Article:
What was advertised in a colonial American newspaper 250 years ago this week?
“WADE and HEMPHILL’s NEW STORE, in Wilmington, will be continued as usual.”
Francis Wade ran two shops, one on Second Street in Philadelphia and another in nearby Wilmington, Delaware. The latter he operated in partnership with William Hemphill. Wade intended to “leav[e] off the retail business,” and placed an advertisement to that effect. He sought to liquidate his merchandise in an eighteenth-century version of a going out of business sale, “selling off all his stock in trade, at prime cost … for cash only.” He also called on former customers to settle their accounts or else face legal action.
Although the Philadelphia location was closing, “WADE and HEMPHILL’s NEW STORE, in Wilmington, will be continued as usual by William Hemphill.” In the final paragraph of his advertisement, a paragraph devoted to the Wilmington location, Wade outlined some of the common commercial practices that allowed many colonists, especially those who lived in the hinterlands beyond the major urban ports, to participate in the consumer revolution.
Wade and Hemphill purchased surplus crops from country farmers who transported wheat, flaxseed, and produce to ports as part of an export market directed to other North American colonies and the Caribbean. Although the partners paid “the highest prices … in cash,” they anticipated that farmers and their families would spend at least some of that money on merchandise in their store.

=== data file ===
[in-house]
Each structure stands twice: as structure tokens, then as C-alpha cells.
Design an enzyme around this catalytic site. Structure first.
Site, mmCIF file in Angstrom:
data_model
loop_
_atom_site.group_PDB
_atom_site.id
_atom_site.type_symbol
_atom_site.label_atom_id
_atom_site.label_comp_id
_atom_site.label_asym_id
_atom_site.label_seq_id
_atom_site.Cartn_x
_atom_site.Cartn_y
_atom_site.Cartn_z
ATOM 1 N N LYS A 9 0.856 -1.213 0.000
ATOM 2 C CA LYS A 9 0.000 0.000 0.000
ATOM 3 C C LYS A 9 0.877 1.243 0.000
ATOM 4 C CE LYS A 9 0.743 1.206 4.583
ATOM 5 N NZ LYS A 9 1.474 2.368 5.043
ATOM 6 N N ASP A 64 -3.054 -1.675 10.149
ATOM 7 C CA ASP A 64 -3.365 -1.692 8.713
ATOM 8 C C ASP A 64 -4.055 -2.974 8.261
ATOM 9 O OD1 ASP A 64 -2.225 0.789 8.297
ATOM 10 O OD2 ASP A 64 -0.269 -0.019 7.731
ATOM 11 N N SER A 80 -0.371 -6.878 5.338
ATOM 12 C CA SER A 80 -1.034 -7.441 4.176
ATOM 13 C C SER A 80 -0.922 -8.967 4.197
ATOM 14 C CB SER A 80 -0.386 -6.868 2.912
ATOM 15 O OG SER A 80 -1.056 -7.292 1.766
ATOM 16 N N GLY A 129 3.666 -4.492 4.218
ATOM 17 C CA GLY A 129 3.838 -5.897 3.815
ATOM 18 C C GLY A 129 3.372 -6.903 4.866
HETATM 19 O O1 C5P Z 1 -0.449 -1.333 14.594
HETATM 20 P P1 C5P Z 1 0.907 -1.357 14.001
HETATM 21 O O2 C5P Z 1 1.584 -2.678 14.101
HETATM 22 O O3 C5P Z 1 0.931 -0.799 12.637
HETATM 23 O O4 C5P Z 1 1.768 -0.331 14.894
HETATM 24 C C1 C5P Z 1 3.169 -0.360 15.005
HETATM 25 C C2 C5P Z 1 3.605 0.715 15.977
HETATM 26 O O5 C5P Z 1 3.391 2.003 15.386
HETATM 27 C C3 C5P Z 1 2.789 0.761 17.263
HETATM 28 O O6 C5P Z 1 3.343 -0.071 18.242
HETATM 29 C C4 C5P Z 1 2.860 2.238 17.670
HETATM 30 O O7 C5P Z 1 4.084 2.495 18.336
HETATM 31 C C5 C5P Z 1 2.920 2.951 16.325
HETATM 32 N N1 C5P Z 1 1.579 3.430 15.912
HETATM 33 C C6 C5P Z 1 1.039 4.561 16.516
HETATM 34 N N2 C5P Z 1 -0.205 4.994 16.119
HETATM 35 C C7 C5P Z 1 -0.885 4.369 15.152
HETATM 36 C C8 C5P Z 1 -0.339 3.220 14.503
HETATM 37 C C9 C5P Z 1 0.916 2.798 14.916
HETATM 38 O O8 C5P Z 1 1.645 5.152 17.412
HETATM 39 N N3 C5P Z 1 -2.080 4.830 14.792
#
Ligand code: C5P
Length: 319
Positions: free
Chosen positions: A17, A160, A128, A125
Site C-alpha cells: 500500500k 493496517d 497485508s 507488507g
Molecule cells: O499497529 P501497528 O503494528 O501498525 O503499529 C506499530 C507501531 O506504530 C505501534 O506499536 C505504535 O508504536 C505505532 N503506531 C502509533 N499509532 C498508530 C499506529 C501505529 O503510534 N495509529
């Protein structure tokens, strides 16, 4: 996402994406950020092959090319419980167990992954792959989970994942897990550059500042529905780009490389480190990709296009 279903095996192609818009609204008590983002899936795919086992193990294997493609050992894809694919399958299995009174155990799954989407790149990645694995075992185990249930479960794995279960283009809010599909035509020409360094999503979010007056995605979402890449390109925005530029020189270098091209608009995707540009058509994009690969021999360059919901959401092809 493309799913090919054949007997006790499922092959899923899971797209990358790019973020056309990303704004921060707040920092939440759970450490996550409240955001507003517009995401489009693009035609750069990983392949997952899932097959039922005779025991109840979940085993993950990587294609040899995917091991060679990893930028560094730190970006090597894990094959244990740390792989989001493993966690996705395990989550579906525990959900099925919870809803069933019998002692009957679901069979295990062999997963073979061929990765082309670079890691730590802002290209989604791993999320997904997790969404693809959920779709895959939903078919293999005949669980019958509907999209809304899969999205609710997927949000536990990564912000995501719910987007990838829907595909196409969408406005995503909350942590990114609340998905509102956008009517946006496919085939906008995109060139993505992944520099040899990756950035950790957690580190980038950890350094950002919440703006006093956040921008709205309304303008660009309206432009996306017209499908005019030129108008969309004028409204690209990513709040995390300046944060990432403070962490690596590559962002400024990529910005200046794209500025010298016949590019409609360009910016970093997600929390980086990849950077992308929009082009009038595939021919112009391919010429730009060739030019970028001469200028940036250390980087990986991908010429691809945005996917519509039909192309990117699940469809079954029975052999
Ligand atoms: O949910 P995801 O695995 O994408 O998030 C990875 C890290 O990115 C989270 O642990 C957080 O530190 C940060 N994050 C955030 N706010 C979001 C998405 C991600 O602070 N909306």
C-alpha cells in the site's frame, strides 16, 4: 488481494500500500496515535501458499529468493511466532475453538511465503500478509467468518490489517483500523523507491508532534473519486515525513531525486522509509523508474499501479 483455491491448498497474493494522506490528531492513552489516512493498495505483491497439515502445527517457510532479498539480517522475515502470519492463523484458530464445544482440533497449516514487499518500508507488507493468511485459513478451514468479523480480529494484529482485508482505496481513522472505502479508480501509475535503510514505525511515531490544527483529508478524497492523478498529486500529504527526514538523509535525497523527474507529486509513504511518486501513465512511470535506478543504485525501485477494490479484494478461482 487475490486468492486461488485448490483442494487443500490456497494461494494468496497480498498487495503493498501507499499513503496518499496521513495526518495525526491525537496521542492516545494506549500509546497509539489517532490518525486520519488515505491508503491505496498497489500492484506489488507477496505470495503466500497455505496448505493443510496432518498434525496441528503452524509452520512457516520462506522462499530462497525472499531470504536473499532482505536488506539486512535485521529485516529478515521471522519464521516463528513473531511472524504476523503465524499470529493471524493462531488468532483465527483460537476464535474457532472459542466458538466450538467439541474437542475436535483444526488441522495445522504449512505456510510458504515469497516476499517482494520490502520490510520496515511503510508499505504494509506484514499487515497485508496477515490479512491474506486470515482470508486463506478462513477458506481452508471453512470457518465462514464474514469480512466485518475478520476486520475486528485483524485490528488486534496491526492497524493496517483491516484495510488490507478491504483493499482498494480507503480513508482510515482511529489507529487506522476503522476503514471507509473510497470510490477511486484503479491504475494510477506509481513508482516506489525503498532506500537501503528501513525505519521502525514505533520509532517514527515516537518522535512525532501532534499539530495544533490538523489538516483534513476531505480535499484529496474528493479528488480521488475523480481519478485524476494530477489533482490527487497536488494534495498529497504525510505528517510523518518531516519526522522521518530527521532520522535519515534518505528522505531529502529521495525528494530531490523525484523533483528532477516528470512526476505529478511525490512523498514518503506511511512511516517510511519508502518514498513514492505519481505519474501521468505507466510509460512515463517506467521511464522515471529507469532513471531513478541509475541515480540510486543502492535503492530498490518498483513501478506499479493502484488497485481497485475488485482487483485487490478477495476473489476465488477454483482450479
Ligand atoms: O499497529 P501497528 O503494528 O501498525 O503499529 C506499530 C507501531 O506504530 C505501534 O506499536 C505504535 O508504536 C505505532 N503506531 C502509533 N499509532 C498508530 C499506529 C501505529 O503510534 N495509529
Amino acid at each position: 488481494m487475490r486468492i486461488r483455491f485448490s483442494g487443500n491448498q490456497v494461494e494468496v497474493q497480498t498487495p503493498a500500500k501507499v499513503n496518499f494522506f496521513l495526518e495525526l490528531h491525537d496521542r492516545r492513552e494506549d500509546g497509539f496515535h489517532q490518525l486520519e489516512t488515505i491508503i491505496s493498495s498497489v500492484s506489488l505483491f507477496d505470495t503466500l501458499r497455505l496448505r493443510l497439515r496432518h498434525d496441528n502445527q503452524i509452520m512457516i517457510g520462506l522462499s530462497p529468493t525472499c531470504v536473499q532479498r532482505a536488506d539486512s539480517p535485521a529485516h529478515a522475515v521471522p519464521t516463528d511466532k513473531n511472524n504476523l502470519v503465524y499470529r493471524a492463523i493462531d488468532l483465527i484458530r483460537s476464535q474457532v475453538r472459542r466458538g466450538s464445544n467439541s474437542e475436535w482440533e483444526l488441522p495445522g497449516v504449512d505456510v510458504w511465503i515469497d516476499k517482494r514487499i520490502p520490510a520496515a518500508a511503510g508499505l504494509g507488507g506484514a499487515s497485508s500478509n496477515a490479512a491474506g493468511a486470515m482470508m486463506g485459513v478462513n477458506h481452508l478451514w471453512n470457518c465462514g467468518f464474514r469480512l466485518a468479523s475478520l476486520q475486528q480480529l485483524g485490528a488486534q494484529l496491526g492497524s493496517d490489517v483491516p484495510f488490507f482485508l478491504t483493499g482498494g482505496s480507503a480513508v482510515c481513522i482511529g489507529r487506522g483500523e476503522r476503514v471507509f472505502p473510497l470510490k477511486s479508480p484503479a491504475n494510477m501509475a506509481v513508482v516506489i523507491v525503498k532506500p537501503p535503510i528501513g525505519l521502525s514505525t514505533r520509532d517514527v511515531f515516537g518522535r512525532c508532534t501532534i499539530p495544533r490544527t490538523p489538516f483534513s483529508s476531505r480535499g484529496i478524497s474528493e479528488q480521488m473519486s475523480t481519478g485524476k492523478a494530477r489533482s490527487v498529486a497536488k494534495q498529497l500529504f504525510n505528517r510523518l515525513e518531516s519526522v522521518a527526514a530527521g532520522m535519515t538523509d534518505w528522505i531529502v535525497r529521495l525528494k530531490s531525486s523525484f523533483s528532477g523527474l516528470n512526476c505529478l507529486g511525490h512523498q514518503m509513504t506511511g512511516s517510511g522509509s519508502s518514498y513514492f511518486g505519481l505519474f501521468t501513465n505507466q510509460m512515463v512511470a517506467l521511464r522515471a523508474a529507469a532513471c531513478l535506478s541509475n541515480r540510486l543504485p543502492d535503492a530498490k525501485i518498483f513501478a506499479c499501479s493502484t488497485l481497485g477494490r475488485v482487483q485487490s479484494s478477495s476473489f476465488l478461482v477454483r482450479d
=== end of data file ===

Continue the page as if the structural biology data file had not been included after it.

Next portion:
To facilitate such trading, Wade underscored some of the advantages that benefited farmers in Philadelphia’s hinterland who chose to deal with Wade and Hemphill’s New Store in Wilmington. The partners purchased wheat and flaxseed “at the Philadelphia prices,” so farmers would not lose any money by opting for the smaller port. In fact, many of them would save valuable time and money because “the road from Lancaster county is 15 miles shorter to Wilmington than Philadelphia, and no ferriage.” Wade offered this information as “an inducement for the wagons to come that way with their loading.” If he managed to convince farmers in the countryside, Wade stood to attract more customers and obtain larger quantities of produce to export for profit.
Wade’s advertisement suggests that colonists did not engage solely in sustenance farming, growing just enough to meet the needs of their family. Instead, they intentionally raised agricultural surpluses with the intention of taking them to market for export elsewhere in the Atlantic world. In turn, they used some of the revenues generated from such sales to purchase both necessities and imported goods they merely desired. Merchant-shopkeepers like Francis Wade and William Hemphill facilitated such transactions, giving many colonists – even those beyond major port cities – access to consumer culture.